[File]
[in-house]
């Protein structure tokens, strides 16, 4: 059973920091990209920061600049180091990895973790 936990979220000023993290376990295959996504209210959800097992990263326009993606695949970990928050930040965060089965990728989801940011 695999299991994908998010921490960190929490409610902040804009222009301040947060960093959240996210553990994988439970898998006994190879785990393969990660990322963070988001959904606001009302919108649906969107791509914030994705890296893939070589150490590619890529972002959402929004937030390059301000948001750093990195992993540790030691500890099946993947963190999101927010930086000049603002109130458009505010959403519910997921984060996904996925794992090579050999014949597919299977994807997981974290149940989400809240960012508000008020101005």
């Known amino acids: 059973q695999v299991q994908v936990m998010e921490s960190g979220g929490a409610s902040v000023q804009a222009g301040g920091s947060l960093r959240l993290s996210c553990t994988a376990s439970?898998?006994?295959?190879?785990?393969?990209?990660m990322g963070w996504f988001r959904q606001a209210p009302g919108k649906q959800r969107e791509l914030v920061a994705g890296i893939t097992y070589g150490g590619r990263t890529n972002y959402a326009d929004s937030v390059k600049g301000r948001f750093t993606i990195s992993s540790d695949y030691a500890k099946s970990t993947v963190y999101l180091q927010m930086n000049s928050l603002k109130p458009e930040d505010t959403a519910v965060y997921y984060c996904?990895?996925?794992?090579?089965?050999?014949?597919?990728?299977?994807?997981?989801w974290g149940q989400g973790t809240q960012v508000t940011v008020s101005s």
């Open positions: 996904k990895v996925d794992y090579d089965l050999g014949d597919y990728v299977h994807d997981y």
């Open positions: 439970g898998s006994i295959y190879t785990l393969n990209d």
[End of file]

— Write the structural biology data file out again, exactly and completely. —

[in-house]
């Protein structure tokens, strides 16, 4: 059973920091990209920061600049180091990895973790 936990979220000023993290376990295959996504209210959800097992990263326009993606695949970990928050930040965060089965990728989801940011 695999299991994908998010921490960190929490409610902040804009222009301040947060960093959240996210553990994988439970898998006994190879785990393969990660990322963070988001959904606001009302919108649906969107791509914030994705890296893939070589150490590619890529972002959402929004937030390059301000948001750093990195992993540790030691500890099946993947963190999101927010930086000049603002109130458009505010959403519910997921984060996904996925794992090579050999014949597919299977994807997981974290149940989400809240960012508000008020101005």
């Known amino acids: 059973q695999v299991q994908v936990m998010e921490s960190g979220g929490a409610s902040v000023q804009a222009g301040g920091s947060l960093r959240l993290s996210c553990t994988a376990s439970?898998?006994?295959?190879?785990?393969?990209?990660m990322g963070w996504f988001r959904q606001a209210p009302g919108k649906q959800r969107e791509l914030v920061a994705g890296i893939t097992y070589g150490g590619r990263t890529n972002y959402a326009d929004s937030v390059k600049g301000r948001f750093t993606i990195s992993s540790d695949y030691a500890k099946s970990t993947v963190y999101l180091q927010m930086n000049s928050l603002k109130p458009e930040d505010t959403a519910v965060y997921y984060c996904?990895?996925?794992?090579?089965?050999?014949?597919?990728?299977?994807?997981?989801w974290g149940q989400g973790t809240q960012v508000t940011v008020s101005s």
């Open positions: 996904k990895v996925d794992y090579d089965l050999g014949d597919y990728v299977h994807d997981y």
């Open positions: 439970g898998s006994i295959y190879t785990l393969n990209d």